In March, over 16,000 soldiers from 16 countries traveled to the Arctic Circle to participate in Exercise Cold Response. Led by the Norwegian Armed Forces, this series of "high-intensity" combat operations emphasizes "extreme cold-weather" training in Norway's wintry weather, with temperatures dropping as low -13 degrees Fahrenheit. Among the participating countries were the United States, France, Britain, Germany, and France, among others. These joint-training exercises have been conducted since 2006, training that includes tanks, airplanes, helicopters, ships and submarines, live-fire exercises, night patrols, and intensely realistic medical evacuation drills.
The Norwegian Armed Forces website warns attendees to take special precautions to keep warm, recommending woolen, wind-resistant mittens, as well as cautioning to keep an eye out for moose and reindeer. But you can't practice for war without taking risks, and the training conducted in Exercise Cold Response is dangerous. And though the "focus on safety and preventing accidents is high," there have been "a couple of serious accidents ... through the years. These accidents have in total claimed seven lives, two in a tank accident in 2006 and five in a plane crash in 2012."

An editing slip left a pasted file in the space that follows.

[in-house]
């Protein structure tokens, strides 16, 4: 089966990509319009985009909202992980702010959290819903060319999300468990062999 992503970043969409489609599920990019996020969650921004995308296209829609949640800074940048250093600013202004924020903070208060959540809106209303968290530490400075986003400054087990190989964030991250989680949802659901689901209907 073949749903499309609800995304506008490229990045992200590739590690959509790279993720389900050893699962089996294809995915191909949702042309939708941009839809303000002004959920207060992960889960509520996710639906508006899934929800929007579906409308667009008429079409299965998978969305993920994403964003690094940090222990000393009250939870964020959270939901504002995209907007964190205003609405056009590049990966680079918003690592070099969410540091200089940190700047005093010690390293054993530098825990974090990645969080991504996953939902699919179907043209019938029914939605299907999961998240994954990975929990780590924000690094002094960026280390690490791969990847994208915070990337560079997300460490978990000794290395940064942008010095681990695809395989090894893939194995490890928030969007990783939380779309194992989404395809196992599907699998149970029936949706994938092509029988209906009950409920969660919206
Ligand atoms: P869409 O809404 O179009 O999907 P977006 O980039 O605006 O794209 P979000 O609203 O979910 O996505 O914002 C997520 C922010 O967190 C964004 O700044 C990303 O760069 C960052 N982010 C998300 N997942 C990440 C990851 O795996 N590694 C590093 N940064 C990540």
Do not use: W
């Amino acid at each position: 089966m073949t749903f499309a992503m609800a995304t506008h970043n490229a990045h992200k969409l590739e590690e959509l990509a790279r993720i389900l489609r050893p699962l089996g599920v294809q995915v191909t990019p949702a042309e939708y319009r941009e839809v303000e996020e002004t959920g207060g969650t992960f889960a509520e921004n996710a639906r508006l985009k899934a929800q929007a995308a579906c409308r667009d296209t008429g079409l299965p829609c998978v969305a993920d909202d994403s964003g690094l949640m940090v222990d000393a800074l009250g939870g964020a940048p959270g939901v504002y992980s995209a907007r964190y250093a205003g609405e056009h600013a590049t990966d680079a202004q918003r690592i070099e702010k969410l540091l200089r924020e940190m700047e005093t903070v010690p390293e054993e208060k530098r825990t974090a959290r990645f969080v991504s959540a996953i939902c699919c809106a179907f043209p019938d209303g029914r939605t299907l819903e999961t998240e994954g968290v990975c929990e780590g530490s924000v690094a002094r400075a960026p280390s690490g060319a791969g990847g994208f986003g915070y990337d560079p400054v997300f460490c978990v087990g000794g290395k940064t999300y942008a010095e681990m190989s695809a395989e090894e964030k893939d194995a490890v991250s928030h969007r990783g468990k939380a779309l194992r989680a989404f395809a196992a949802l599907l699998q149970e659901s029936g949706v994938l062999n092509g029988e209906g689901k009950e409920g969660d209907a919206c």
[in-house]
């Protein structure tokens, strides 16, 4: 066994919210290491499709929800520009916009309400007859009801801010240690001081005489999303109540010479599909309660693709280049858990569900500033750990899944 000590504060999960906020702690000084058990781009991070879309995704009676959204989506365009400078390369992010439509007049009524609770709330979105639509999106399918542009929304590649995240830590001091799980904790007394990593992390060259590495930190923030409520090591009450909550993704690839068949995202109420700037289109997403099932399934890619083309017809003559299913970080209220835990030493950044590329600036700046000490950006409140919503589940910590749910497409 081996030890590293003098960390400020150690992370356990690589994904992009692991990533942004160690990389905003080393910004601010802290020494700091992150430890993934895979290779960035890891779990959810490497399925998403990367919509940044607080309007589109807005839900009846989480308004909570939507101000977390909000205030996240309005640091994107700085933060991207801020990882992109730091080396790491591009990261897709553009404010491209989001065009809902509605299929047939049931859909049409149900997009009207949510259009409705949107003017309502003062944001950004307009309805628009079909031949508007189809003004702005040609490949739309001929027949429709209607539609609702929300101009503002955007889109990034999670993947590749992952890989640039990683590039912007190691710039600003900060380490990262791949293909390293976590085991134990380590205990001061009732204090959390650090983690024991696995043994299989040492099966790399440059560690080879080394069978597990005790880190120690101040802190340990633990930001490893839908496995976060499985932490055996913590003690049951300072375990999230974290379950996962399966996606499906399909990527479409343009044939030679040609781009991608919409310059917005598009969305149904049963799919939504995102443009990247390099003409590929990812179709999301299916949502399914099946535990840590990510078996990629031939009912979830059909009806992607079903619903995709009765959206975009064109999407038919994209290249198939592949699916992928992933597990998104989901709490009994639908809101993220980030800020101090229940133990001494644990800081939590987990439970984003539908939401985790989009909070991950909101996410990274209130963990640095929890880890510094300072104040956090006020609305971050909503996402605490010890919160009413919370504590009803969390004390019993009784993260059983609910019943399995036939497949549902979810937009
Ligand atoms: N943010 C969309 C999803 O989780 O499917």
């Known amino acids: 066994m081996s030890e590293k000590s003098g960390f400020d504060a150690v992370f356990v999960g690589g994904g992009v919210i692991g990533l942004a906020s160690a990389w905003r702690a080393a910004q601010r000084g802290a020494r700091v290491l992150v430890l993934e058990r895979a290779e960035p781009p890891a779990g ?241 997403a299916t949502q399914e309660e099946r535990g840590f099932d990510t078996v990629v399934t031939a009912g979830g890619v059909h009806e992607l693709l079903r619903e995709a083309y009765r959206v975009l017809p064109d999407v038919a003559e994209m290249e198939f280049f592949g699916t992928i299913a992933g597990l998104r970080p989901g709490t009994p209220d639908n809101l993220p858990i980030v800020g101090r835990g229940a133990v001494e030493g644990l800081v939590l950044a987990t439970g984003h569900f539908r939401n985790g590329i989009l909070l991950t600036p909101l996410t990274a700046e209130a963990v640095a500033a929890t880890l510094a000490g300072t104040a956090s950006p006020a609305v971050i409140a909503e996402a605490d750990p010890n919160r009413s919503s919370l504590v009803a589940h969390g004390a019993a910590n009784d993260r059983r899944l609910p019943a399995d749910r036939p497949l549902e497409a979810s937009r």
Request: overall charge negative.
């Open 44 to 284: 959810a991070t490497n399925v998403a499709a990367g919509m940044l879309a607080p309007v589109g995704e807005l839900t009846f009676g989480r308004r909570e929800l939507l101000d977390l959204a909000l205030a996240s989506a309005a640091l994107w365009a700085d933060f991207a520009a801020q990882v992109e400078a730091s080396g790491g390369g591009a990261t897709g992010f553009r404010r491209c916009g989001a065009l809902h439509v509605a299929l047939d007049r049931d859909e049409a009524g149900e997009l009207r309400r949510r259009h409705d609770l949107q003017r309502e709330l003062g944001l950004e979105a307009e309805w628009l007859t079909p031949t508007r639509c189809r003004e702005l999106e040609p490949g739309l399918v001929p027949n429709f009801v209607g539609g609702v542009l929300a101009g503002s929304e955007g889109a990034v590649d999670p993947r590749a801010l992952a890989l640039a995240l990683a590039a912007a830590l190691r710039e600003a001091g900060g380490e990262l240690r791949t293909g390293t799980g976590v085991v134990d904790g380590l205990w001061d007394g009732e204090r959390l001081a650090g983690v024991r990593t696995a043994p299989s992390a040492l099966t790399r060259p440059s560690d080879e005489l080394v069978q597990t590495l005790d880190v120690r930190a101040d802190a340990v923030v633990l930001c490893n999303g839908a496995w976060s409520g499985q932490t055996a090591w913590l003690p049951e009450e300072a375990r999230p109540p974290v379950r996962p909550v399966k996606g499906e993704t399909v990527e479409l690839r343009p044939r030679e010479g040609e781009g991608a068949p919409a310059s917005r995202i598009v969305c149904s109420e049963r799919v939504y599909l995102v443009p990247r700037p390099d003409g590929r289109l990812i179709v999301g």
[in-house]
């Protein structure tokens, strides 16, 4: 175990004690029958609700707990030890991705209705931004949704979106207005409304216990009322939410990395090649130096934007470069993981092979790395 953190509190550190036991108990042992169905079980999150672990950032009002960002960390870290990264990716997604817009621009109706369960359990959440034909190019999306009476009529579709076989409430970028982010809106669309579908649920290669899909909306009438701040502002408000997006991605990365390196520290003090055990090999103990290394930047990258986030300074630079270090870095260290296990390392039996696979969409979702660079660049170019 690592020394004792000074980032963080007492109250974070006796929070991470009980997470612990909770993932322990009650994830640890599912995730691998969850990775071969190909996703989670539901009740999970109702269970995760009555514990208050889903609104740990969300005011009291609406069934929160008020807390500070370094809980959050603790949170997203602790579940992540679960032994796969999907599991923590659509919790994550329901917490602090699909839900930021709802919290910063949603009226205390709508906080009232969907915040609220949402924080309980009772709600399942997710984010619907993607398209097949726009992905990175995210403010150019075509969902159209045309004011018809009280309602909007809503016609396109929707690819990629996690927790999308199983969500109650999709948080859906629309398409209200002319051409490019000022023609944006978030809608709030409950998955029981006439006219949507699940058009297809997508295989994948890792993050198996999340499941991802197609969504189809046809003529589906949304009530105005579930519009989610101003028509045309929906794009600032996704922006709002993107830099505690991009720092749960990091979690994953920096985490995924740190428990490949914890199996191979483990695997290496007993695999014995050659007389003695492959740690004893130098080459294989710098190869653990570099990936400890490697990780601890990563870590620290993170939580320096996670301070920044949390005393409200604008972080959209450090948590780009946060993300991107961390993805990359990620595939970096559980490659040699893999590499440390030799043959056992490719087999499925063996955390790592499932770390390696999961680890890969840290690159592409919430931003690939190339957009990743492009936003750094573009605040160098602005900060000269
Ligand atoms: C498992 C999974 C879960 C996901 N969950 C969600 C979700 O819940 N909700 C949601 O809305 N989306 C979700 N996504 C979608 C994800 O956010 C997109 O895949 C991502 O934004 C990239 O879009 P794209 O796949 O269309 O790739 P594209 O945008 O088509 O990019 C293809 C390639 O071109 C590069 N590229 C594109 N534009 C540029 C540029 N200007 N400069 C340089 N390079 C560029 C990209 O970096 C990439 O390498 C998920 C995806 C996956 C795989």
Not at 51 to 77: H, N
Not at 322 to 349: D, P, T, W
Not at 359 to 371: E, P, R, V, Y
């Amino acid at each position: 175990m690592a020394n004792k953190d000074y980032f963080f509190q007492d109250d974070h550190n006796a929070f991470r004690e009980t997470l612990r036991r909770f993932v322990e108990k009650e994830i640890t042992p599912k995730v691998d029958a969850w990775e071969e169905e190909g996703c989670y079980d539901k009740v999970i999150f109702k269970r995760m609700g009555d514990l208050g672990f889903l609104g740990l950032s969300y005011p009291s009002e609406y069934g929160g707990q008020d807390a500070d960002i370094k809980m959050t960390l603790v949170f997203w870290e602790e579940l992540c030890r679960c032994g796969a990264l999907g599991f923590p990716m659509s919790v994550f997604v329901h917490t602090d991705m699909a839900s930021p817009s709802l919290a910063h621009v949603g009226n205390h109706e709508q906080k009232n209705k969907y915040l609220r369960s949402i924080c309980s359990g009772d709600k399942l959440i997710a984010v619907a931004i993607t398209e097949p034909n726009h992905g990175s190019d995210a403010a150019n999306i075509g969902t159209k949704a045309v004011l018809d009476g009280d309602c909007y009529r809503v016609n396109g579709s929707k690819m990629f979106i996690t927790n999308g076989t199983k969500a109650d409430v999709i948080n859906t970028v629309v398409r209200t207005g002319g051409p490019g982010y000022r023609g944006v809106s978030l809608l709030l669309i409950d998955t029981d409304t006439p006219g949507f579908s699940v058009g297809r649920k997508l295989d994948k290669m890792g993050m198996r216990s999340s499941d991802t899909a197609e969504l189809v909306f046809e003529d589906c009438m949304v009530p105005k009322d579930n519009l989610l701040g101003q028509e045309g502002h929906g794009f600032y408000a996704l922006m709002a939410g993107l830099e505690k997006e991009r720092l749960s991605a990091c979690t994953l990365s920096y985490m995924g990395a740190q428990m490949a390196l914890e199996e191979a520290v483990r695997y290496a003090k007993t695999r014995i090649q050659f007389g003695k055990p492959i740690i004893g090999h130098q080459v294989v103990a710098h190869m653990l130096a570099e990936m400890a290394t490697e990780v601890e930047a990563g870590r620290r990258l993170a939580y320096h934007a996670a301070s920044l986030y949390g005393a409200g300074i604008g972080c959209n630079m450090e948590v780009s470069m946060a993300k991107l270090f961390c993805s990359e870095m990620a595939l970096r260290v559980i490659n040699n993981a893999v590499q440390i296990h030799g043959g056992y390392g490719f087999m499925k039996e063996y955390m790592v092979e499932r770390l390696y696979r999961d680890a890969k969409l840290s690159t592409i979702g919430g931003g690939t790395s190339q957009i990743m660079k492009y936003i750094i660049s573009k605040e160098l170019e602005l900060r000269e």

For upwards of two weeks, these soldiers train together in the sleet, slush, and snow. As commander of the Norwegian Joint Headquarters, Lt. Gen. Morten Haga Lunde, head of Exercise Cold Response, reportedly said: "If a soldier can operate under extreme Arctic conditions, he can operate anywhere."
In the photo above, Norwegian soldiers work closely with soldiers from the French 27th Mountain Infantry Battalion during Exercise Cold Response.
Audun Braastad, Norwegian Armed Forces